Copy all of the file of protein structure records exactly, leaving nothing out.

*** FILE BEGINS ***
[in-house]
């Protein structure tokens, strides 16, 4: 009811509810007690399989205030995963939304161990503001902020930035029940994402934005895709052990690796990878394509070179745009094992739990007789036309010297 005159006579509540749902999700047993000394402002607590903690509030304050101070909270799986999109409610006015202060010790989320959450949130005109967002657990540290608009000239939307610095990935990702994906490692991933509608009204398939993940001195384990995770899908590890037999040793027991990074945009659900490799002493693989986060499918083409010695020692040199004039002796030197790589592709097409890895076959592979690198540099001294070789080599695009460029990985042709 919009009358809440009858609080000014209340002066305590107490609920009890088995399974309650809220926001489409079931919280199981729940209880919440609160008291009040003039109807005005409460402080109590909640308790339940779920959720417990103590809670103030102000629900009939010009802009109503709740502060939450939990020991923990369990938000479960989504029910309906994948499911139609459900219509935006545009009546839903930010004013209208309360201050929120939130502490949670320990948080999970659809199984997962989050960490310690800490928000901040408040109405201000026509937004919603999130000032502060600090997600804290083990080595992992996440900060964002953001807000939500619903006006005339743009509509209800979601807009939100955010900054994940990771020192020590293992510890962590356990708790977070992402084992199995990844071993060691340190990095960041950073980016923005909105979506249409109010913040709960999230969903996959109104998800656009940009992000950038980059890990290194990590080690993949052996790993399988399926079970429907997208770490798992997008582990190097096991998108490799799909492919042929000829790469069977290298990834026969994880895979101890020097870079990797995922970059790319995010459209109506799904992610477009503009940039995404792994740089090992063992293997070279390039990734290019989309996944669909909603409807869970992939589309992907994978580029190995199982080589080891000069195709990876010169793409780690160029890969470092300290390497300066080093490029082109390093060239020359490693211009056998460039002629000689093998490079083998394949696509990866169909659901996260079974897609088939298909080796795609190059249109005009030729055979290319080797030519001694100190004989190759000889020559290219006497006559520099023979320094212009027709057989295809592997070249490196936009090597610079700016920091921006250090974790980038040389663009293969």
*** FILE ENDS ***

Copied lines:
[in-house]
């Protein structure tokens, strides 16, 4: 009811509810007690399989205030995963939304161990503001902020930035029940994402934005895709052990690796990878394509070179745009094992739990007789036309010297 005159006579509540749902999700047993000394402002607590903690509030304050101070909270799986999109409610006015202060010790989320959450949130005109967002657990540290608009000239939307610095990935990702994906490692991933509608009204398939993940001195384990995770899908590890037999040793027991990074945009659900490799002493693989986060499918083409010695020692040199004039002796030197790589592709097409890895076959592979690198540099001294070789080599695009460029990985042709 919009009358809440009858609080000014209340002066305590107490609920009890088995399974309650809220926001489409079931919280199981729940209880919440609160008291009040003039109807005005409460402080109590909640308790339940779920959720417990103590809670103030102000629900009939010009802009109503709740502060939450939990020991923990369990938000479960989504029910309906994948499911139609459900219509935006545009009546839903930010004013209208309360201050929120939130502490949670320990948080999970659809199984997962989050960490310690800490928000901040408040109405201000026509937004919603999130000032502060600090997600804290083990080595992992996440900060964002953001807000939500619903006006005339743009509509209800979601807009939100955010900054994940990771020192020590293992510890962590356990708790977070992402084992199995990844071993060691340190990095960041950073980016923005909105979506249409109010913040709960999230969903996959109104998800656009940009992000950038980059890990290194990590080690993949052996790993399988399926079970429907997208770490798992997008582990190097096991998108490799799909492919042929000829790469069977290298990834026969994880895979101890020097870079990797995922970059790319995010459209109506799904992610477009503009940039995404792994740089090992063992293997070279390039990734290019989309996944669909909603409807869970992939589309992907994978580029190995199982080589080891000069195709990876010169793409780690160029890969470092300290390497300066080093490029082109390093060239020359490693211009056998460039002629000689093998490079083998394949696509990866169909659901996260079974897609088939298909080796795609190059249109005009030729055979290319080797030519001694100190004989190759000889020559290219006497006559520099023979320094212009027709057989295809592997070249490196936009090597610079700016920091921006250090974790980038040389663009293969």